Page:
Tags: psa | prostate | guidelines

PSA Prostate Guidelines Widely Ignored

Friday, 27 April 2012 12:25 PM

Warren Buffet’s controversial decision to undergo a blood test screening for prostate cancer despite his advanced age of 81 is hardly unusual.
Despite recommendations in 2008 from the U.S. Preventive Services Task Force against so-called PSA testing for prostate cancer in men aged 75 years or older, almost half of men in that age group continue to do it, a new study has found.
The study, published in the Journal of the American Medical Association, found that in 2010 -- two years after the Task Force's recommendations were announced -- the screening rate for that group of men using the PSA (prostate-specific antigen) actually increased, to 43.9 percent.
That’s higher than for men in their 40s (12.5 percent) or 50s (33.2 percent), who are more likely to benefit from early diagnosis and treatment. Only men aged 60 to 74 were more likely to get the screening test (51.2 percent).
About 43 percent of men age 75 and took the PSA test in 2005, three years before the Task Force issued its guidelines recommending against the service, arguing that it " has no net benefit or that the harms outweigh the benefits."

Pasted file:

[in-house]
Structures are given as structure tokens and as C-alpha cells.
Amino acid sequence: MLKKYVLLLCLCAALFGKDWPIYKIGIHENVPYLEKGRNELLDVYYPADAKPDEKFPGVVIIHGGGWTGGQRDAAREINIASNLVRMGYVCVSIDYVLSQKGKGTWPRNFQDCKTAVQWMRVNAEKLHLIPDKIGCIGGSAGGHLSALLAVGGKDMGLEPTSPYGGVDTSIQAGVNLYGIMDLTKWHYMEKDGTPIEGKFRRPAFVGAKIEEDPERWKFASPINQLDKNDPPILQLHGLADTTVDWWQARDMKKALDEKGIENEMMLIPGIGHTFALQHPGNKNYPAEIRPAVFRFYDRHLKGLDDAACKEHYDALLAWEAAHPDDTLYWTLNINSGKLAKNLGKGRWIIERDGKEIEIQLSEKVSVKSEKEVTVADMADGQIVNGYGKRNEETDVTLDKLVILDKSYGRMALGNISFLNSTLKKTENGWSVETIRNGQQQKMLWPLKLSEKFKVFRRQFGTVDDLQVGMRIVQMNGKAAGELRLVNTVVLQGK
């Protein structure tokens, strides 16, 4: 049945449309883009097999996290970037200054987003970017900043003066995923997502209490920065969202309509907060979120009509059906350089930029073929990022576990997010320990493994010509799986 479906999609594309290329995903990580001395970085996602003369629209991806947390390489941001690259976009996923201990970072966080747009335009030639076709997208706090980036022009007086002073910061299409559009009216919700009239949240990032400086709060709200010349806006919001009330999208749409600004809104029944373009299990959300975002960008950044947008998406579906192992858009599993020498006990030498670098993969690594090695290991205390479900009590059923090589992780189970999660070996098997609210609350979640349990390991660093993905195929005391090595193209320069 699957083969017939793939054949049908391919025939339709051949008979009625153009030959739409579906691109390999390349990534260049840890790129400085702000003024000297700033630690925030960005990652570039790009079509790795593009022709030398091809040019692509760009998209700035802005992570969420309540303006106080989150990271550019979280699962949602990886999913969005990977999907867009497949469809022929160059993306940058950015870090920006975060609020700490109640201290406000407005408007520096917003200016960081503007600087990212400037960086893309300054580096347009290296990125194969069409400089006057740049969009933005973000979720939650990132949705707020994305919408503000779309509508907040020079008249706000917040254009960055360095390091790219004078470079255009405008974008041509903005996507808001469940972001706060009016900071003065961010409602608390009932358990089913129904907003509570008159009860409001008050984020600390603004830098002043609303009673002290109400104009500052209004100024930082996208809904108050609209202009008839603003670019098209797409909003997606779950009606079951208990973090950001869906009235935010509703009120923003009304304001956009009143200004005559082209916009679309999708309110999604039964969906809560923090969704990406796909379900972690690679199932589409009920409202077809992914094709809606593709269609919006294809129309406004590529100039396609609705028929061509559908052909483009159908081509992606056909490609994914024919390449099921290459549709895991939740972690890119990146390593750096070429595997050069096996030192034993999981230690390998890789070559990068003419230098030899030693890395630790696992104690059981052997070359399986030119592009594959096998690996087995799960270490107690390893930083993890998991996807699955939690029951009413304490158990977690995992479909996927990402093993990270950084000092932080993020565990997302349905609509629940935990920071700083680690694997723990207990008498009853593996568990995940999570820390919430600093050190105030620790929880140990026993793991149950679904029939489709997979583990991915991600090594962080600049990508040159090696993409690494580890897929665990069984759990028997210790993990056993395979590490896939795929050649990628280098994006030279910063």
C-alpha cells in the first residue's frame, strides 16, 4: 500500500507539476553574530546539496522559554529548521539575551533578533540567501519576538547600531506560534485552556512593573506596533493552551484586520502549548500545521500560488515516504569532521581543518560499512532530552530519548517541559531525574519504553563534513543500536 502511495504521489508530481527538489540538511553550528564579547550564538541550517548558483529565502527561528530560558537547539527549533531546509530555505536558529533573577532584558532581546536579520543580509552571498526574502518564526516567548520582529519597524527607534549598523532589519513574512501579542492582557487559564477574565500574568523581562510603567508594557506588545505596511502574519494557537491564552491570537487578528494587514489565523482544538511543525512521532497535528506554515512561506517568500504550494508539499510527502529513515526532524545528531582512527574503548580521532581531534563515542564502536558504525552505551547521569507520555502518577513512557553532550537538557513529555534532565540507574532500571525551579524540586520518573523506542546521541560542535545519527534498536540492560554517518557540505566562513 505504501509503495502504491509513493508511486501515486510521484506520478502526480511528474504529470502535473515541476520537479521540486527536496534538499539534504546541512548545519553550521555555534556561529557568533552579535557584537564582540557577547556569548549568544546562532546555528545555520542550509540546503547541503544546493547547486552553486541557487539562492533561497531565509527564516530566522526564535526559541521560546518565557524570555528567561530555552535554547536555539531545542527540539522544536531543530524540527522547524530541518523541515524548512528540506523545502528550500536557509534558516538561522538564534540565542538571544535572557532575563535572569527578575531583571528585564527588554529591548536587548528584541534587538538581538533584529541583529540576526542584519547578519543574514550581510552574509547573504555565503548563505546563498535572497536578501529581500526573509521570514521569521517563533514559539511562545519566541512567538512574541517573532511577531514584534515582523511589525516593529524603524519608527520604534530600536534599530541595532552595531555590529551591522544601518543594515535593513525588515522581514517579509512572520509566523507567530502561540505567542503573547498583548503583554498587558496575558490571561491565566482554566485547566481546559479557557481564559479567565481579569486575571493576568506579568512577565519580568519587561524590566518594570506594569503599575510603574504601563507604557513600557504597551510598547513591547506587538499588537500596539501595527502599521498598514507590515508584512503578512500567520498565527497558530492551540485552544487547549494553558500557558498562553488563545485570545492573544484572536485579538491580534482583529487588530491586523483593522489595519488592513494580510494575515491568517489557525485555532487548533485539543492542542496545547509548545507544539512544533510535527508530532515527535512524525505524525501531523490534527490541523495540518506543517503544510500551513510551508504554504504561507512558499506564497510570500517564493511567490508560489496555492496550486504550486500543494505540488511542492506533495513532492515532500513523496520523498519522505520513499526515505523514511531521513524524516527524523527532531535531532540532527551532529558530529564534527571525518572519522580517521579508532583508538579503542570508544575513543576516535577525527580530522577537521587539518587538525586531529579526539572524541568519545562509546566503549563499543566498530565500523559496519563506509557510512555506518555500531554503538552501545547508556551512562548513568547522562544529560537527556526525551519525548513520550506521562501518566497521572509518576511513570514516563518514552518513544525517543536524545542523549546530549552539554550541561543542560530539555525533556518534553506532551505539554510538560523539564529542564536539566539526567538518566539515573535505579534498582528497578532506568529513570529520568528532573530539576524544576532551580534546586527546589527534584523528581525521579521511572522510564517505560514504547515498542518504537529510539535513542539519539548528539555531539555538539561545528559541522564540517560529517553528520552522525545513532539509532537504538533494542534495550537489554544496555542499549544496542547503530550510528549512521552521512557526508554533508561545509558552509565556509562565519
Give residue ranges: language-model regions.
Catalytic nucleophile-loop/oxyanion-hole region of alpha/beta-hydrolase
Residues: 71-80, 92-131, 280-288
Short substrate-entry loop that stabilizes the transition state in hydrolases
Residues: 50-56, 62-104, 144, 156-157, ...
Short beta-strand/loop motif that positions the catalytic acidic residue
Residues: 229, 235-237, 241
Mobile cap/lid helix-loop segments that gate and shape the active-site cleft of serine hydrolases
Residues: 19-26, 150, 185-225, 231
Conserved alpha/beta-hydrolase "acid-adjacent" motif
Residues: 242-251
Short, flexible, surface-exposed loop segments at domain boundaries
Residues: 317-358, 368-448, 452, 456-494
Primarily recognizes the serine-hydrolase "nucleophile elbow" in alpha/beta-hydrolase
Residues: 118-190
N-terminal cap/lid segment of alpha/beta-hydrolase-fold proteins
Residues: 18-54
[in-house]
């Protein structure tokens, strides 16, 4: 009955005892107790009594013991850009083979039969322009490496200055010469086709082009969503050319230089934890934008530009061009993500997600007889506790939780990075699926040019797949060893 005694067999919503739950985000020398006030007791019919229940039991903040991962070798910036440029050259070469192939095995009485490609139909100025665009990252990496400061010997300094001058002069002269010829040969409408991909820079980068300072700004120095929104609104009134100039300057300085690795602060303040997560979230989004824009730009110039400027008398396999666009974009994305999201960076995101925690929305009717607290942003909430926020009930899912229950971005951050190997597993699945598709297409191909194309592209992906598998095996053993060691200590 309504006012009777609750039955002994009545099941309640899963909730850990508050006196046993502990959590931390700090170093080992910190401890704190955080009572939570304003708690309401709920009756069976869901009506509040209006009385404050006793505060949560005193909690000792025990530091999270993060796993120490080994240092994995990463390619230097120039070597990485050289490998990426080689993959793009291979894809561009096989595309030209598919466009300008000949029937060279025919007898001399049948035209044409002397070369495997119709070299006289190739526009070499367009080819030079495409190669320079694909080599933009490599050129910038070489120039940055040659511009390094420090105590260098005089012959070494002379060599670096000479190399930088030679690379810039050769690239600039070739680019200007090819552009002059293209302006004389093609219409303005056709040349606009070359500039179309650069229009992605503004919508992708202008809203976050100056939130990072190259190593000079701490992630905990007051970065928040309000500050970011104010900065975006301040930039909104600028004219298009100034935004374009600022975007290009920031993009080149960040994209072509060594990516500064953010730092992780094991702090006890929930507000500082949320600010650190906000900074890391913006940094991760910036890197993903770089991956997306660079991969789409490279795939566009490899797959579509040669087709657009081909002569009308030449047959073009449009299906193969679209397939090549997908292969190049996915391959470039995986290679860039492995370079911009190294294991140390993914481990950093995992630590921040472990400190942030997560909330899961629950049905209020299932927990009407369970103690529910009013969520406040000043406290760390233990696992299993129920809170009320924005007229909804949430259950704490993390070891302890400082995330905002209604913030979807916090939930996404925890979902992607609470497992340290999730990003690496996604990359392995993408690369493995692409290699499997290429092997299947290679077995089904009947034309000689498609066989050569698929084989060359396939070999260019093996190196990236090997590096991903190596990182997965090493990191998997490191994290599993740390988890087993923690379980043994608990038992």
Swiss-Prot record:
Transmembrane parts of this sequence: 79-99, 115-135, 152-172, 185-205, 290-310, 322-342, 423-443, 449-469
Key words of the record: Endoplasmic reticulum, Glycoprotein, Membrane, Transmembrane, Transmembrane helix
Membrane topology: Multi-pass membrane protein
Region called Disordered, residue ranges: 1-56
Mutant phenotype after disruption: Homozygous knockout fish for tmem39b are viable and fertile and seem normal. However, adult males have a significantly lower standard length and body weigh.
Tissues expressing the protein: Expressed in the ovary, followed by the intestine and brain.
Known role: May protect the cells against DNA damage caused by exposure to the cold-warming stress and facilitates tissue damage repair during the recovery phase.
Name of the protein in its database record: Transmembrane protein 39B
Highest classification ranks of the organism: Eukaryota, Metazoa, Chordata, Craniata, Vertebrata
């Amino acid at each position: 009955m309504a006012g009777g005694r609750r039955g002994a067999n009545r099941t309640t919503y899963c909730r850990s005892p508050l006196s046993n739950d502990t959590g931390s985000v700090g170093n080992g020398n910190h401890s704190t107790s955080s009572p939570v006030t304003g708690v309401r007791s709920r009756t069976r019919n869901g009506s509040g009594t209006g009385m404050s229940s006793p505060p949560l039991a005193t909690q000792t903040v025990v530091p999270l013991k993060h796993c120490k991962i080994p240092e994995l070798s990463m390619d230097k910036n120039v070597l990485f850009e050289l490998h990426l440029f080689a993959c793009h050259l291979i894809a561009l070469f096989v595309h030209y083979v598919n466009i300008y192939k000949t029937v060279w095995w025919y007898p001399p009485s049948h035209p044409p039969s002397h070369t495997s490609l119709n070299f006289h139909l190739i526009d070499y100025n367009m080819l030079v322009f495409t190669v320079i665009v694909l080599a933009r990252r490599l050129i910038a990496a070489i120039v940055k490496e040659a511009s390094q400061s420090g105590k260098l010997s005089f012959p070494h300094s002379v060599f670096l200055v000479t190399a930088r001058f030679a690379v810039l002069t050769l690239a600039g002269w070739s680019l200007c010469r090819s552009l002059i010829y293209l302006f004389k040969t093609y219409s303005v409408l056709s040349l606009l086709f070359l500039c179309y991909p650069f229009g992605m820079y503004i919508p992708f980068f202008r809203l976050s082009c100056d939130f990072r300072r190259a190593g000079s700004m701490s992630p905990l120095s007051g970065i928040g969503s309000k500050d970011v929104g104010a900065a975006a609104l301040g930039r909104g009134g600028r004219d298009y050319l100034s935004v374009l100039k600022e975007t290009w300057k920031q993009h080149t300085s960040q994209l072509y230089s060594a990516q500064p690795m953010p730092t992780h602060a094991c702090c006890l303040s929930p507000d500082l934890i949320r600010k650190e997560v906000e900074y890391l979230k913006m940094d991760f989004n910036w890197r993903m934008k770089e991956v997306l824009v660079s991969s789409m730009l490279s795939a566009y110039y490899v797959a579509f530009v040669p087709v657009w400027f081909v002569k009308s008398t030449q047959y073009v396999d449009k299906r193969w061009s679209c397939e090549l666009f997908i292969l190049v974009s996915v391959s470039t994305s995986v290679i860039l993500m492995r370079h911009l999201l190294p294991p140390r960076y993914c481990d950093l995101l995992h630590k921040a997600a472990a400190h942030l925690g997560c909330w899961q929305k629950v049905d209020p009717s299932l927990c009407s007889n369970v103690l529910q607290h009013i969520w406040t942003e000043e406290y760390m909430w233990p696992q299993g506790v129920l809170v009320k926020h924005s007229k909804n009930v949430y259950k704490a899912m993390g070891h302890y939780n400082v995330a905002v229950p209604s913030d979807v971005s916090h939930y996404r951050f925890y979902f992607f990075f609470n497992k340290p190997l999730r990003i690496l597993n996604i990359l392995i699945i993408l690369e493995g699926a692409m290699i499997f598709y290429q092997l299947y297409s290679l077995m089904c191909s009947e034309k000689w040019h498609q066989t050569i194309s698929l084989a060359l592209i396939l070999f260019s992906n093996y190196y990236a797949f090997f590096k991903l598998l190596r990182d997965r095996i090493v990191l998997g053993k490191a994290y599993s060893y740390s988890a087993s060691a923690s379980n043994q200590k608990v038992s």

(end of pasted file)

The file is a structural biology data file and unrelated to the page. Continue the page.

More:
Last October, the Task Force went even further in new draft recommendations, concluding there is not enough evidence that PSA screening improves men’s health or survival odds to recommend it for any age group. It is associated with "harms related to subsequent evaluation and treatments, some of which may be unnecessary," it said.
“PSA screening for more than 40 percent of men 75 or older is inappropriate," said lead researcher Dr. Scott Eggener, of the University of Chicago Medicine. "Selective screening is reasonable to consider for the healthiest men over age 75, but for the large majority of men in this age group, early detection can lead to treatment of a disease that will probably never cause a problem. A substantial proportion of men over 75 with an elevated PSA will die from something else before a prostate cancer interferes with the quality or duration of their life."

© HealthDay

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Like Warren Buffet, many older men undergo PSA screening despite expert advice against it.
Friday, 27 April 2012 12:25 PM
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